While these samurai clashed violently with one another, they shared allegiance to an unwritten code of honor which governed the ways they lived and died. Theirs was a stoic system of morals which condoned suicide, vengeance and, in some cases, cold-blooded murder. Prevalent among the samurai was an apparent lack of concern for human life which might offend modern values. But taken in their unique historical and social context, the two-sworded adherents of the Way of the Warrior demand the respect of even the most enlightened denizens of the 21st century.
Samurai Sketches are, to quote the author, “accurate portrayals of the heart and soul of the samurai, the social and political systems of whom have, like the Japanese sword, become relics of a distant age, but the likes of whose nobility shall never again be seen in this world.”
In recounting what he terms “the great epic which was the dawn of modern Japan,” American author Romulus Hillsborough applies his long years of research and keen perception of things Japanese to delve deeply into the psyche of the men of the samurai class. Brought to life are not merely warriors of a distant age and culture, but also human beings, both good and bad, who suffer the same pangs of body and mind as all of us. Depicted are:
The unruly swordsman with a propensity for cold-blooded murder, who is also the poet of a profoundly delicate quatrain in the face of his own imminent death.
The executioner who prays at the scaffold for the souls of the condemned, and who performs sword “cutting tests” on their bodies.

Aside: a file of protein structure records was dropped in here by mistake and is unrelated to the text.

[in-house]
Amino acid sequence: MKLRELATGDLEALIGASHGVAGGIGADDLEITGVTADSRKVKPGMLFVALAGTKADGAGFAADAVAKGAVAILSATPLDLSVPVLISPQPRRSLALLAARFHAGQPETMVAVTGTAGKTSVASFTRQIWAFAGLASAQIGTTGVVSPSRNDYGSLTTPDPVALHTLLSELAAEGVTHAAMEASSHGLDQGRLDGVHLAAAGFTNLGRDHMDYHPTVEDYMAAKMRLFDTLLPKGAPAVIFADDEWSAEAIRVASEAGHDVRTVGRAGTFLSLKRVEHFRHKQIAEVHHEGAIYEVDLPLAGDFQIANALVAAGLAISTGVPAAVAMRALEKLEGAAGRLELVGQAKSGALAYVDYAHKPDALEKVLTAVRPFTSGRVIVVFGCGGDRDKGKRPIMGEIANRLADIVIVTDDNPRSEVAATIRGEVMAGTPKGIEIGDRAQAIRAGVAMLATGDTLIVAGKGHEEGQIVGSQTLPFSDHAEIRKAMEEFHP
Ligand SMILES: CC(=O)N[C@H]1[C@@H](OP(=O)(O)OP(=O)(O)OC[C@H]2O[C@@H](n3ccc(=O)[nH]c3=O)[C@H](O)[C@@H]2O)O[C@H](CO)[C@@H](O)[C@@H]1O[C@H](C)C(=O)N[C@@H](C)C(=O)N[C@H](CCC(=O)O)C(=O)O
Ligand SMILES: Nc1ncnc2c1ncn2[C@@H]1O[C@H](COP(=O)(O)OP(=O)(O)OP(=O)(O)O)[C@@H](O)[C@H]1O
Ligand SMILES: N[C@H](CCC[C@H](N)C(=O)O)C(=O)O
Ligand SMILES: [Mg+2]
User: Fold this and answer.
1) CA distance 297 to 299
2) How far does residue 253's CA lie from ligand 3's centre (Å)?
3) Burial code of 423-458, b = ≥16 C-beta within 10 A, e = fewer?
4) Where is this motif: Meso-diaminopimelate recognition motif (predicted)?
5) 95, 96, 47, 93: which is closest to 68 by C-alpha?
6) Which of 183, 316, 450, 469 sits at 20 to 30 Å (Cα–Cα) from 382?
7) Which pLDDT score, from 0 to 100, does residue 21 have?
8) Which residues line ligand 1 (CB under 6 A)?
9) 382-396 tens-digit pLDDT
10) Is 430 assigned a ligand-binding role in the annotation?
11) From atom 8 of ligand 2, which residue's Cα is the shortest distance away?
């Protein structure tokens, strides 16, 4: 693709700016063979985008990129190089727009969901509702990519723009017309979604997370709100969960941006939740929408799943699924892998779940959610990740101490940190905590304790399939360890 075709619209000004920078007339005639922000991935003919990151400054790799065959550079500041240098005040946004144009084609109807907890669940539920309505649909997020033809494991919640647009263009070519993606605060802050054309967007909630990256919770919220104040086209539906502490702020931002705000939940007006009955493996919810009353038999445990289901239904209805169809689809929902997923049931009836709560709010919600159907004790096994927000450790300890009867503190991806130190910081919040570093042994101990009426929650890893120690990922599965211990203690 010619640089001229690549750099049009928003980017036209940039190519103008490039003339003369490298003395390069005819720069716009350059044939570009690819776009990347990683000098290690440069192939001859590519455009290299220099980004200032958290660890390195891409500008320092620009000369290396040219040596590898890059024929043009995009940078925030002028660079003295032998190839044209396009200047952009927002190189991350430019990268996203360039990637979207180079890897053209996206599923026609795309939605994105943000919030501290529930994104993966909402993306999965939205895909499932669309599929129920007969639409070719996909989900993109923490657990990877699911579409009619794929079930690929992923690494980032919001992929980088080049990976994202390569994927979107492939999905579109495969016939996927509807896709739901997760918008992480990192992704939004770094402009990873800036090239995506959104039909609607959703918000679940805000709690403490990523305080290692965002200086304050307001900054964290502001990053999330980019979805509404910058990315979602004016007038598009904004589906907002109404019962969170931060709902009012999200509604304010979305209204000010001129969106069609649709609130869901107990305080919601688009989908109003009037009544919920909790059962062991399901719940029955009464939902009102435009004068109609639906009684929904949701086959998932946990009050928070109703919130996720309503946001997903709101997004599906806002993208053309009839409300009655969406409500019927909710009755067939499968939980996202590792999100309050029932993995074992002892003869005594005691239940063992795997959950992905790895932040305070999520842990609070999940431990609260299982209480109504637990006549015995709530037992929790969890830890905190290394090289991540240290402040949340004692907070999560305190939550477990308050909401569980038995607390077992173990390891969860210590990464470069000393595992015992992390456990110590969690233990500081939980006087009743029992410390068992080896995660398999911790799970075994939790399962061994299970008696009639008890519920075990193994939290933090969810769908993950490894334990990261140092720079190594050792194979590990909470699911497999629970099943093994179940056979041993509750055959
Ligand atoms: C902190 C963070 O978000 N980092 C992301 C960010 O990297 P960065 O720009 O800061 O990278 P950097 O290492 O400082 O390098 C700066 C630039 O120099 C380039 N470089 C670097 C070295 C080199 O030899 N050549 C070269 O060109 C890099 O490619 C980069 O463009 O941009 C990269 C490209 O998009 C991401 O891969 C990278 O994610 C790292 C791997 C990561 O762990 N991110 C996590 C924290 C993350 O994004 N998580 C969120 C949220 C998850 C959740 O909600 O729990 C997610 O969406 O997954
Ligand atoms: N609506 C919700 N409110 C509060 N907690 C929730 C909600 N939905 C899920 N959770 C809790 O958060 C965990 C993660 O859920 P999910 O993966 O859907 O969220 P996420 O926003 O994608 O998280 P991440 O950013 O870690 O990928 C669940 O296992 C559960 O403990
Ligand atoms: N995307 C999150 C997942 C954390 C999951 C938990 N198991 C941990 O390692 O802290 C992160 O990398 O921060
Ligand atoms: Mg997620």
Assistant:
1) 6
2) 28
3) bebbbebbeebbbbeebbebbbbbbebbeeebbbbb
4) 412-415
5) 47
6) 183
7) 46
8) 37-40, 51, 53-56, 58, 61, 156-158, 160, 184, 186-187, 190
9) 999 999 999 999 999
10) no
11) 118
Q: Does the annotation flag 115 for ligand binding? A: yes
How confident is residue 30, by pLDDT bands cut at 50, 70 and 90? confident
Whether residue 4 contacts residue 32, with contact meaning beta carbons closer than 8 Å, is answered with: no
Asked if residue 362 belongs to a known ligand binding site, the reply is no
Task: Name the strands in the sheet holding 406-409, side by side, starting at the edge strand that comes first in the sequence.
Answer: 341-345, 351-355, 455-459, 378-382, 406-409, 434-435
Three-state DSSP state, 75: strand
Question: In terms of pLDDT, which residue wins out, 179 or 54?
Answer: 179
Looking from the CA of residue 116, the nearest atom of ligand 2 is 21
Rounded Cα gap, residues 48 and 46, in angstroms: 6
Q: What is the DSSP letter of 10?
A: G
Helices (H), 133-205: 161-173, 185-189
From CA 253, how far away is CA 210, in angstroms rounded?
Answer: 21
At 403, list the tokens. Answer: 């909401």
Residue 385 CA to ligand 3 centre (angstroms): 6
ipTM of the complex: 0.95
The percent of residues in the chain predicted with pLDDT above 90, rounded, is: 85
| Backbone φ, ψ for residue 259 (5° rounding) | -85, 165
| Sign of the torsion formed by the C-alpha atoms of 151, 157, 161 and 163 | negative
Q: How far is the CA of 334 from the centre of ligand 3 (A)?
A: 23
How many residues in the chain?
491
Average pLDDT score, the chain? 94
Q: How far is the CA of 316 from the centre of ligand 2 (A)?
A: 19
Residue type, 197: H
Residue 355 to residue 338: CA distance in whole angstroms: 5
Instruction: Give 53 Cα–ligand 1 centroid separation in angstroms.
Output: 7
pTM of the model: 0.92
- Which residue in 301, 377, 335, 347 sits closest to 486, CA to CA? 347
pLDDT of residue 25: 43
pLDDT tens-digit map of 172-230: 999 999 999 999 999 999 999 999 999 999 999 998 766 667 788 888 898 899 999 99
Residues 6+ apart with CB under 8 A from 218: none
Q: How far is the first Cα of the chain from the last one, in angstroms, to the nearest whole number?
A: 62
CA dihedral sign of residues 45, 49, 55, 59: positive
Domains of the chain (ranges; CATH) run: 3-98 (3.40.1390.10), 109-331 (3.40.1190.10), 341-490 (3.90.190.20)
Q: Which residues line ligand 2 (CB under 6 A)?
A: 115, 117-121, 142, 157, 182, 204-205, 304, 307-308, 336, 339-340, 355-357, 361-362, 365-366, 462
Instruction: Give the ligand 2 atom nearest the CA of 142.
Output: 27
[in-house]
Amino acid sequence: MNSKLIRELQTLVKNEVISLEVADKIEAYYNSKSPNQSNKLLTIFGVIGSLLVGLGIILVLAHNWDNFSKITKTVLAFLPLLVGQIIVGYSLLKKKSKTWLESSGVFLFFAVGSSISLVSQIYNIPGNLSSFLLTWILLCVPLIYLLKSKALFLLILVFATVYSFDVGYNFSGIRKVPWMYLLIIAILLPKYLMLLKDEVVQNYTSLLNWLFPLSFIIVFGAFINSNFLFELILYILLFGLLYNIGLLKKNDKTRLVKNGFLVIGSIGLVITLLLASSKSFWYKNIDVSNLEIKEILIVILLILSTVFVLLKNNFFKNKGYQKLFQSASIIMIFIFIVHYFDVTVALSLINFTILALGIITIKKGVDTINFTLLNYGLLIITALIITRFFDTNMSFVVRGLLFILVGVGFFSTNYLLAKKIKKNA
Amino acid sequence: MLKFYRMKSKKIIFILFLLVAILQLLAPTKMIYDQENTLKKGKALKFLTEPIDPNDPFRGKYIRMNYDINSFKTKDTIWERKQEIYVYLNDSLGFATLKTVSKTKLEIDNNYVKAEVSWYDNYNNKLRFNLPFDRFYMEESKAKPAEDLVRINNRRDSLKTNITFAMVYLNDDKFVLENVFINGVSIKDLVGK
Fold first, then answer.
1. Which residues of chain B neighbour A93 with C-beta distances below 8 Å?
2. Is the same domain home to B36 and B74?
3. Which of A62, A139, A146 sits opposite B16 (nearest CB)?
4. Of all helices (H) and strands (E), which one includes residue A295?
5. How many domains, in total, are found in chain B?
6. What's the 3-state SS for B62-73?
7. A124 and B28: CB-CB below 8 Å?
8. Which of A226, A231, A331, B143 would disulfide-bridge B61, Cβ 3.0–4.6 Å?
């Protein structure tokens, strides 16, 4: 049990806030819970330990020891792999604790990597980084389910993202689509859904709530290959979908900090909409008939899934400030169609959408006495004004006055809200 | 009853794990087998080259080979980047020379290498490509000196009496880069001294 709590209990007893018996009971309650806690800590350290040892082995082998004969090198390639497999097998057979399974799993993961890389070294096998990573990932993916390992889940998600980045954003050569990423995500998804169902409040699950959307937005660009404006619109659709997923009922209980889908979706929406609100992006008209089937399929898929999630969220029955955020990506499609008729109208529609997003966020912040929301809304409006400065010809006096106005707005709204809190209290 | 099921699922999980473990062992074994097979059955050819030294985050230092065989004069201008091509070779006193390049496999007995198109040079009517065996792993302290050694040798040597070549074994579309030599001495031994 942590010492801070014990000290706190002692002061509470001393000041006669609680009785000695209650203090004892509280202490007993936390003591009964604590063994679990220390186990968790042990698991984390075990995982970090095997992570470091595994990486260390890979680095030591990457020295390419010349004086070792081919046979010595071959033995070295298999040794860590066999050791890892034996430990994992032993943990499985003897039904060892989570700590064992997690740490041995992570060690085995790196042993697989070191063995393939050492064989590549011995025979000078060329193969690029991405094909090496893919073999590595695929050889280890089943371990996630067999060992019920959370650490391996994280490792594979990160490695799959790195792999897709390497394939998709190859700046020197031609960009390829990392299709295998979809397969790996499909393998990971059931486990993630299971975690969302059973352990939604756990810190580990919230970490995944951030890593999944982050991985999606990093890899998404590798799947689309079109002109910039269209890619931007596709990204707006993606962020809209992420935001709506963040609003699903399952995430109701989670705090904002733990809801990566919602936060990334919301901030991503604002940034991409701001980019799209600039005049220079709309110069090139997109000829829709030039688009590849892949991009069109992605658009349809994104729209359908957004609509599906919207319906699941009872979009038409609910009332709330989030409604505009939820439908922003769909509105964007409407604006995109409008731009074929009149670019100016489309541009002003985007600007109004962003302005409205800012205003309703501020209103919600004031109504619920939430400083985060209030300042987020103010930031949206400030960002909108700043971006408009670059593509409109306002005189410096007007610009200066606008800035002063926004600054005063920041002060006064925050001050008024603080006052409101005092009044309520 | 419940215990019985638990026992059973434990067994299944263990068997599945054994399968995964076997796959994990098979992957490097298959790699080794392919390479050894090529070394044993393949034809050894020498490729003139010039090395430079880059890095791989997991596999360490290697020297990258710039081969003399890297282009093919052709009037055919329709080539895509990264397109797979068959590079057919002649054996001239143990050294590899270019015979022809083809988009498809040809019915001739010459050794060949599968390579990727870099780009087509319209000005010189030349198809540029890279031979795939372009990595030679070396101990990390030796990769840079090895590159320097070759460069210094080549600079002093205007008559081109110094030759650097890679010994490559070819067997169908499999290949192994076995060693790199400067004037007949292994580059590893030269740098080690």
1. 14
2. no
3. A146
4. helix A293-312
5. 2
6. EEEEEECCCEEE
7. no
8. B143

The assassin who dies by his own sword rather than violate his self-imposed code of honor.
The brilliant commissioner of the Shogun’s navy who, refusing to draw his blade, dominates his adversaries by sheer strength of mind.
The notorious commander of the Shogun’s most dreaded police corps who is captured for execution by the new Imperial government.
The expert swordsman, charismatic revolutionary leader, meticulous planner of cold-blooded murder, and weaver of terror in the hearts of men.
Japan’s most revered samurai who was assassinated shortly after accomplishing his vow to overthrow the Shogunate.
The quintessential samurai, magnanimous revolutionary leader, and commander-in-chief of the forces of the new Imperial government.
In each of these thirty historical sketches and vignettes, Hillsborough once again wields his vivid literary style to bring his readers gripping accounts of real events and people from the bloody final years of the samurai, never before depicted in the English language.
About Romulus HillsboroughSee more books from this Author
Hillsborough attempts to offer a living, breathing picture of the Hagakure (the ancient text containing the samurai code of behavior) by setting forth dramatic examples of honor-bound samurai avenging their daimyo (lord) against his enemies or committing seppuku (a form of ritual suicide) when di...| Read Full Review of Samurai Sketches